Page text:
Sunday, August 15, 2010

Nuclear War...

Facts still matter.
 
Weapons of Mass Destruction
The Atomic Bombing of Japan
 
 
   

"Now is the time to exterminate the Yellow Peril for all time… Let the rats squeal." 
—Congressman Charles A. Plumley, August 1945
 
Next to Vietnam, no topic in U.S. foreign policy generates as much historical controversy as the continuing debate over the use of atomic bombs to end the Second World War.  Aside from the obvious point that two cities were largely destroyed, instantly killing over a hundred thousand Japanese (95% of them civilians), why does the use of atomic bombs against Japan still provoke controversy?  After all, the fire-bombing of Tokyo in March of 1945 killed nearly 100,000 Japanese in just two days, and B-29s dropped hundreds of tons of firebombs on other major Japanese cities.  One important distinction is that a single bomb (a uranium device nicknamed "Little Boy") was dropped on Hiroshima, followed by a second one (a plutonium bomb nicknamed "Fat Man") dropped three days later on Nagasaki.  Beyond the unprecedented explosive power (12.5 kilotons for the first bomb and 22 kilotons for the second one), the delayed effects of radiation were another important distinction.  Whereas the fire-bombing of Tokyo produced a death rate of about 100,000 fatalities among one million casualties (10%), the two atomic bombs produced a death rate of over 50% with the inclusion of deaths due to radiation.  By 1950 nearly 350,000 Japanese had died from the effects of Little Boy and Fat Man.
An obvious reason for the continuing controversy is that the U.S. is the only country to have used atomic bombs, immediately recognized as "doomsday" weapons with the potential to annihilate mankind.  (While observing the detonation of the first atomic bomb at a test site in New Mexico, Robert Oppenheimer, who directed the bomb’s construction, recalled the following line from Hindu scripture: "Now I am become Death, the destroyer of worlds.")  Aside from the moral issue of whether the use of such weapons of mass destruction can ever be justified except as a last resort in the face of a similar threat (which was clearly not the case in August of 1945), there is the question of what role the atomic bombs played in ending the war. The effects of the bombs and the rationale for using them have been, at the same time, both oversimplified and obscured in mythology. 
Why were the atomic bombs used, and what effect did they have?  The official rationale of the Truman Administration, which has become an article of faith for many people, is that the bombs were necessary to break the will of the "fanatical" Japanese to continue fighting, thereby averting an invasion of Japan, shortening the war, and saving hundreds of thousands of American lives.  However, a careful examination of historical evidence makes it clear that this popular view is actually a mythological construct.  And this is the second major reason for the continuing controversy surrounding the dropping of atomic bombs on Japan.
The Manhattan Project was started in 1941 after a group of scientists, including Albert Einstein, informed President Franklin D. Roosevelt that Germany was working on atomic research.  Roosevelt concluded that the best defense was for the U.S. to develop atomic weapons first.  When the European war was almost over the U.S. learned that Germany had made little progress toward building an atomic bomb, but the project continued in earnest, with thoughts immediately turning toward the defeat of Japan.  In the end, at a cost of over $2 billion, three atomic bombs were manufactured and detonated as soon as they were ready: a test bomb, and the two dropped on Japan.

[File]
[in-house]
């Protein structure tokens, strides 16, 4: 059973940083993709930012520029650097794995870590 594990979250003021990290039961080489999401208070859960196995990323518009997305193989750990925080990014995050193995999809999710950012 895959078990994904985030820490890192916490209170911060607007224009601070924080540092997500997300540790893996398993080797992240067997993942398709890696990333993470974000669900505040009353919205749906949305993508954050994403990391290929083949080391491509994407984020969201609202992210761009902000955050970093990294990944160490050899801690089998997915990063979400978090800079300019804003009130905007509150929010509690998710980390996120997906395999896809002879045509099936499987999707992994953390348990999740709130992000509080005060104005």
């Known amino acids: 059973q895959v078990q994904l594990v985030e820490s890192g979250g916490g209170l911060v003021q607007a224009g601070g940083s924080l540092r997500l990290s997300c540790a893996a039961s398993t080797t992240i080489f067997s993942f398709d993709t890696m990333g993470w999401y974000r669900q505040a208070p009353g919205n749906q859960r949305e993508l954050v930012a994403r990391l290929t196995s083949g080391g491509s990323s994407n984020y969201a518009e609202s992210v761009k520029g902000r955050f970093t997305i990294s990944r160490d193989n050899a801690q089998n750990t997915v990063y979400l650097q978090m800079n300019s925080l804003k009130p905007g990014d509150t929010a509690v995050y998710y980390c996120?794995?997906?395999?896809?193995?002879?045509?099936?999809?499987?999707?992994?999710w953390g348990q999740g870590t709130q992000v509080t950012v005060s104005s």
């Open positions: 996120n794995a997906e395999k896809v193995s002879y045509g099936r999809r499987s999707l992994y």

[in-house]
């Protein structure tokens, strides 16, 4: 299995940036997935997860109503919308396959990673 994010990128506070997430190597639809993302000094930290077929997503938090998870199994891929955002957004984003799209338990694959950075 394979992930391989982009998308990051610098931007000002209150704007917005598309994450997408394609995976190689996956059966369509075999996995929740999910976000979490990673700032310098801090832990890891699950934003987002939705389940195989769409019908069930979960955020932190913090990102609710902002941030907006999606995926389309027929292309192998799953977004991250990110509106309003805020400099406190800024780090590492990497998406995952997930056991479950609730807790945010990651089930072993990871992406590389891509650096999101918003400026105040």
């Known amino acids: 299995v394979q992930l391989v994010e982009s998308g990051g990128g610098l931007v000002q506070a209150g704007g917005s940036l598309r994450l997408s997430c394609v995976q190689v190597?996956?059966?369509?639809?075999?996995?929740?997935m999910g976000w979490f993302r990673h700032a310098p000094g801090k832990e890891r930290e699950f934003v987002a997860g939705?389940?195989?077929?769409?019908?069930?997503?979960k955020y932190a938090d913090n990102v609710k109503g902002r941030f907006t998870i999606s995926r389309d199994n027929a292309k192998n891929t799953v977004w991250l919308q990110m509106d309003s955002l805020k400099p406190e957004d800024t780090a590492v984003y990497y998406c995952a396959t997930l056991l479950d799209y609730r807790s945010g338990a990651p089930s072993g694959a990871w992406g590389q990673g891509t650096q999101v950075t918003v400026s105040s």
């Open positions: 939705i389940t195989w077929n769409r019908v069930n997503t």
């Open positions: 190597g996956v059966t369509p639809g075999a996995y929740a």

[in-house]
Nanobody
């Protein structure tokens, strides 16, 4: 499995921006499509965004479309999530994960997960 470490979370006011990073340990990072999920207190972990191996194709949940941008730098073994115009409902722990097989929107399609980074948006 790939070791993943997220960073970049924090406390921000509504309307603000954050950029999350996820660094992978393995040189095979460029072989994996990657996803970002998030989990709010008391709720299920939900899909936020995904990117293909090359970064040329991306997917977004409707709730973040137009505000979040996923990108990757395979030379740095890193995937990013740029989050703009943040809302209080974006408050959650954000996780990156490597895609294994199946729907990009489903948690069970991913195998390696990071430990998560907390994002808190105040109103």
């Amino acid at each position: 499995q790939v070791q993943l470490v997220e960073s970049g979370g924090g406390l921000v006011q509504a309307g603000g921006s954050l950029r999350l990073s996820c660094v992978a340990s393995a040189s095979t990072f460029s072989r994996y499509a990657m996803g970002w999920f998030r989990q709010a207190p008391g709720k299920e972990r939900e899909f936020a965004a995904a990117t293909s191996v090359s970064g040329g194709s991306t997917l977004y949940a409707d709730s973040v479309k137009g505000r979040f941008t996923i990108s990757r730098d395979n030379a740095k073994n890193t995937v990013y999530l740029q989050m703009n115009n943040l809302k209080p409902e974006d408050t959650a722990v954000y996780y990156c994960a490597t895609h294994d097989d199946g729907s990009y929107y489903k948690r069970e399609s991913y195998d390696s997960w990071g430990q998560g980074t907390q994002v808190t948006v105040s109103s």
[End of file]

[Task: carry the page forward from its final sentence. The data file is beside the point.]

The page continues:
There are three basic elements which comprise the popular mythology about the decision to use the atomic bombs: (a) President Harry Truman was faced with the choice of using atomic bombs or invading Japan; (b) the Japanese would fight to the death in defense of their homeland; and (c) Truman gave the go-ahead in order to end the war quickly and avoid a million or more U.S. casualties.
The problem is that this logical construct is a distortion of historical reality, and it fails to take into account additional considerations which weighed heavily in the balance of thinking by American political and military leaders in 1945.  For example, Truman and Secretary of State James Byrnes also hoped that dropping the bombs on Japan would intimidate not only Emperor Hirohito but also Soviet Premier Josef Stalin. The only apparent impact on Soviet-American relations was the beginning of an increasingly costly and dangerous nuclear weapons competition which continued for the next forty years.  Of immediate concern, of course, was ending the war.  Four points need to be considered:
  • First, Truman and his advisors knew that the Japanese were already defeated and on the verge of surrender before the atomic bombs were dropped.
  • Second, there were other options for ending the war besides using atomic bombs or invading Japan.
  • Third, with or without the use of the atomic bombs, Emperor Hirohito probably would have moved to end the war before an American invasion.
  • Fourth, even if the invasion of Japan proved to be necessary (e.g., in the event of a military coup), it was estimated that the invasion of Kyushu would have cost around 25,000 U.S. deaths (much less than the absurd estimate of "half a million" later cited by Truman's advisors in an after-the-fact effort to justify the decision); and the subsequent invasion of the main island of Honshu was regarded as highly unlikely.